7 Earlier, during the first year of King Belshazzar’s reign in Babylon,[j] Daniel had a dream and saw visions as he lay in his bed. He wrote down the dream, and this is what he saw.
2 In my vision that night, I, Daniel, saw a great storm churning the surface of a great sea, with strong winds blowing from every direction. 3 Then four huge beasts came up out of the water, each different from the others.
4 The first beast was like a lion with eagles’ wings. As I watched, its wings were pulled off, and it was left standing with its two hind feet on the ground, like a human being. And it was given a human mind.
5 Then I saw a second beast, and it looked like a bear. It was rearing up on one side, and it had three ribs in its mouth between its teeth. And I heard a voice saying to it, “Get up! Devour the flesh of many people!”
6 Then the third of these strange beasts appeared, and it looked like a leopard. It had four bird’s wings on its back, and it had four heads. Great authority was given to this beast.
7 Then in my vision that night, I saw a fourth beast—terrifying, dreadful, and very strong. It devoured and crushed its victims with huge iron teeth and trampled their remains beneath its feet. It was different from any of the other beasts, and it had ten horns.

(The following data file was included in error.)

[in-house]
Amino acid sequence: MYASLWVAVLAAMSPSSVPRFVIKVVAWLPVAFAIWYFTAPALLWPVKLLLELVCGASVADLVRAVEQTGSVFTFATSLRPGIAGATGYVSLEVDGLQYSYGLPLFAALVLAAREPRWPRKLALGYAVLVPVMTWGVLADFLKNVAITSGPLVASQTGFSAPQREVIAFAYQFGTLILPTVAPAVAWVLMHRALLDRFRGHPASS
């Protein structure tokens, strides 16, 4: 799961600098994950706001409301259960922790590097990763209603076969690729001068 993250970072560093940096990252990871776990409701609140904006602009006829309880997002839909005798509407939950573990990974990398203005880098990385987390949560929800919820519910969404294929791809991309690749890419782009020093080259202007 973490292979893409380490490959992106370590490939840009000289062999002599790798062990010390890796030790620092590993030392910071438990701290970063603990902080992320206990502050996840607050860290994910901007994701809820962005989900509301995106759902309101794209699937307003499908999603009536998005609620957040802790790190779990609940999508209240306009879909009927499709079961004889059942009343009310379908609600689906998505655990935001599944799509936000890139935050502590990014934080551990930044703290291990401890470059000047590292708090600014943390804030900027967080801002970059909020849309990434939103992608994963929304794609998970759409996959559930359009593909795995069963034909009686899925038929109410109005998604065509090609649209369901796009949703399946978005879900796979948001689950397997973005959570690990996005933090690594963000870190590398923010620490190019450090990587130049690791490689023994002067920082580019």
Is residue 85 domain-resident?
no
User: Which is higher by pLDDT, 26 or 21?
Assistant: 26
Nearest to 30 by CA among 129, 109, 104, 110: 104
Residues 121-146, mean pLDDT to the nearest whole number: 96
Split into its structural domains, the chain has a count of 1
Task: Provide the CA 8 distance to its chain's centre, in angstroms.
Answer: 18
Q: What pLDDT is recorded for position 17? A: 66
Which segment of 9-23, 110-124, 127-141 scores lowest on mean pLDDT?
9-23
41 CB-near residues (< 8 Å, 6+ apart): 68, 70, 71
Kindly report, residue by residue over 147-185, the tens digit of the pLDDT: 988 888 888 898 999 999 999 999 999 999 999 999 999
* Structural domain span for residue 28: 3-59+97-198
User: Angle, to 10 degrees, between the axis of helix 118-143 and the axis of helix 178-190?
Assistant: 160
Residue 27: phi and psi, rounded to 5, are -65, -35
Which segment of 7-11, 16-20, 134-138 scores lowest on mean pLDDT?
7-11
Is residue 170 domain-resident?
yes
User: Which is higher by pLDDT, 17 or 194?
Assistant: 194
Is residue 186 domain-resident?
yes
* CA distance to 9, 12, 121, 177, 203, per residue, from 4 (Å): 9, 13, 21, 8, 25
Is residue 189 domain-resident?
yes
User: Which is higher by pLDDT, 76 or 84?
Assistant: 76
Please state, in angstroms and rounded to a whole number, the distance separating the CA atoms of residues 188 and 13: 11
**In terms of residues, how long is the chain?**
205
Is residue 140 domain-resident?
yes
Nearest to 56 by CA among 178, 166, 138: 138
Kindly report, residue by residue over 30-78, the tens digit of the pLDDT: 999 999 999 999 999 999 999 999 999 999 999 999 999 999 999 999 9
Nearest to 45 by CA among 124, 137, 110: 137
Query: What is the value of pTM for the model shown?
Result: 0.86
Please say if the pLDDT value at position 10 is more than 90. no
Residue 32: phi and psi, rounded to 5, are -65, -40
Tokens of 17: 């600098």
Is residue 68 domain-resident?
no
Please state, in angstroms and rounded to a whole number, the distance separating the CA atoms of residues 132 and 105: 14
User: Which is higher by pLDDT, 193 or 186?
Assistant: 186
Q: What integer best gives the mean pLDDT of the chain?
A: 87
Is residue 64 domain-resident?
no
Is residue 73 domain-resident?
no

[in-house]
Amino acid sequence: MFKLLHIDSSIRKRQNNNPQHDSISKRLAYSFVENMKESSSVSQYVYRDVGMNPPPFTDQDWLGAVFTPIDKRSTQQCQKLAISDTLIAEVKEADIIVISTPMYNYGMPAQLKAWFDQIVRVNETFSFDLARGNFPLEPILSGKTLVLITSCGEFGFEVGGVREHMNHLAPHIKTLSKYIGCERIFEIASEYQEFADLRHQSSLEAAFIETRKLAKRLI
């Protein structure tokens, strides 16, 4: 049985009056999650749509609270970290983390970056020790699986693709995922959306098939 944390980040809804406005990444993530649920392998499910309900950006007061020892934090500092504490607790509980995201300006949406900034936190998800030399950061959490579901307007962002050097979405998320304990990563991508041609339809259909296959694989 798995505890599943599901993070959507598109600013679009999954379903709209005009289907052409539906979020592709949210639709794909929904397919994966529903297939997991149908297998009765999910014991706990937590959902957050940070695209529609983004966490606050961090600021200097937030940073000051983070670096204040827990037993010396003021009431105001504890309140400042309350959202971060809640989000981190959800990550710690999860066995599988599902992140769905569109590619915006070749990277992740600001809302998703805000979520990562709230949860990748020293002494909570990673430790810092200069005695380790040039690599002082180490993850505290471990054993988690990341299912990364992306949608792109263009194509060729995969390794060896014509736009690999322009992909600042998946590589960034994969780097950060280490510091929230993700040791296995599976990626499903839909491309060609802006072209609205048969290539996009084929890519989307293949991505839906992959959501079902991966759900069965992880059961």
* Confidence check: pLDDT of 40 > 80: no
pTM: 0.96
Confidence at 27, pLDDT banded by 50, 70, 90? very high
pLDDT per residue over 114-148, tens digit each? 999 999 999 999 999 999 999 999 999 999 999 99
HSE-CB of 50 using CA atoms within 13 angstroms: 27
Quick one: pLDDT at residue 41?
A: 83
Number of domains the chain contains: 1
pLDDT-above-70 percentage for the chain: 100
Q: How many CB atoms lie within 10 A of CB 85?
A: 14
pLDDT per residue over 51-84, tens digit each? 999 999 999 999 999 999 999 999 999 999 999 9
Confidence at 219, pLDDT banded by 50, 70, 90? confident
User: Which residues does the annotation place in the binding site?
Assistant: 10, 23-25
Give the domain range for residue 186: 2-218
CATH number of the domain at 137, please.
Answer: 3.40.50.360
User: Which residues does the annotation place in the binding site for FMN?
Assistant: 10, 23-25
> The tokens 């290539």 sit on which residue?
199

8 As I was looking at the horns, suddenly another small horn appeared among them. Three of the first horns were torn out by the roots to make room for it. This little horn had eyes like human eyes and a mouth that was boasting arrogantly.
9 I watched as thrones were put in place
and the Ancient One[k] sat down to judge.
His clothing was as white as snow,
his hair like purest wool.
He sat on a fiery throne
with wheels of blazing fire,
10 and a river of fire was pouring out,
flowing from his presence.
Millions of angels ministered to him;
many millions stood to attend him.
Then the court began its session,
and the books were opened.
11 I continued to watch because I could hear the little horn’s boastful speech. I kept watching until the fourth beast was killed and its body was destroyed by fire. 12 The other three beasts had their authority taken from them, but they were allowed to live a while longer.[l]
13 As my vision continued that night, I saw someone like a son of man[m] coming with the clouds of heaven. He approached the Ancient One and was led into his presence. 14 He was given authority, honor, and sovereignty over all the nations of the world, so that people of every race and nation and language would obey him. His rule is eternal—it will never end. His kingdom will never be destroyed.